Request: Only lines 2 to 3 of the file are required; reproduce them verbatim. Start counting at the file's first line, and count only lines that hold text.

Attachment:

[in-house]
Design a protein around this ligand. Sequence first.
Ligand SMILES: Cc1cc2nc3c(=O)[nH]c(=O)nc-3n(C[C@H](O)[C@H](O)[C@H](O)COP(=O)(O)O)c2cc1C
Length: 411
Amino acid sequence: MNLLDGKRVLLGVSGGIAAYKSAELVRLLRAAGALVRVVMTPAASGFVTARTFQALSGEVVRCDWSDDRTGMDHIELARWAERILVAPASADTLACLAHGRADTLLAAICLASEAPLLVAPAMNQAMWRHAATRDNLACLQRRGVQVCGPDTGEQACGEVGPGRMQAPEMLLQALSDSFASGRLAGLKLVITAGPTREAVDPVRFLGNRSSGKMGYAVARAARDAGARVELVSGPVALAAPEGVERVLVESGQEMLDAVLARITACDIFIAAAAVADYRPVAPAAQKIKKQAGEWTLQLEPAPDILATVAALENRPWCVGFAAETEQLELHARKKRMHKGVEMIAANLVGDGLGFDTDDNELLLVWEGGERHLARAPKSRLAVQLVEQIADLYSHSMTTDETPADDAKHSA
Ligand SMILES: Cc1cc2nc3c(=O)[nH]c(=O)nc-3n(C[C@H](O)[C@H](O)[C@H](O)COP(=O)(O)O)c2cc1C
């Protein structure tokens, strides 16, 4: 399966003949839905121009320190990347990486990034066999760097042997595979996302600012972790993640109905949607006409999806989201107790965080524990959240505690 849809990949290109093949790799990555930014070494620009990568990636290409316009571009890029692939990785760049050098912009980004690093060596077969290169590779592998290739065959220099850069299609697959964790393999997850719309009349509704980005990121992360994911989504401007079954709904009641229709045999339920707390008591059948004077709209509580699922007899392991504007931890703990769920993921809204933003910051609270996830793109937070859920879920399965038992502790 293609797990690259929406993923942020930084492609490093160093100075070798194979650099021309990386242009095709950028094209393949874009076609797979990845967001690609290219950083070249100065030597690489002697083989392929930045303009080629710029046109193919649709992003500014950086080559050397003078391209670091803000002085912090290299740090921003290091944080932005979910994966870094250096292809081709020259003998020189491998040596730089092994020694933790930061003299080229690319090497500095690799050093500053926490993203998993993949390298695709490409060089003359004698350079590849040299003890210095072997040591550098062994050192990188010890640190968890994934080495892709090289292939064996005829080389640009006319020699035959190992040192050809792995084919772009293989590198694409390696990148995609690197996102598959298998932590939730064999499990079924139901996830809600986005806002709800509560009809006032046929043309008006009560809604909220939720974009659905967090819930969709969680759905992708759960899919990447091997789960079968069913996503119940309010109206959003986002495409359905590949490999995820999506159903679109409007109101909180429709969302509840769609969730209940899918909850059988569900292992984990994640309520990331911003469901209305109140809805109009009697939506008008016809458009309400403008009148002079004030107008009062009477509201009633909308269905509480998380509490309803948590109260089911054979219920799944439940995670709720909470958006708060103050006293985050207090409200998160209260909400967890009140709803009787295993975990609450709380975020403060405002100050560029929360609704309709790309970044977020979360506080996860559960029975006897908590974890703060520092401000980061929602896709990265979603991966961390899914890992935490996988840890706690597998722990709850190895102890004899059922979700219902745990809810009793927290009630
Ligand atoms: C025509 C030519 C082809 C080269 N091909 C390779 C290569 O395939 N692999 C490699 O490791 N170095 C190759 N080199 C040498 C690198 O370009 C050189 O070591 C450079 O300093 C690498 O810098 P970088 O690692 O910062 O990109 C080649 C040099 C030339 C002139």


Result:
Design a protein around this ligand. Sequence first.
Ligand SMILES: Cc1cc2nc3c(=O)[nH]c(=O)nc-3n(C[C@H](O)[C@H](O)[C@H](O)COP(=O)(O)O)c2cc1C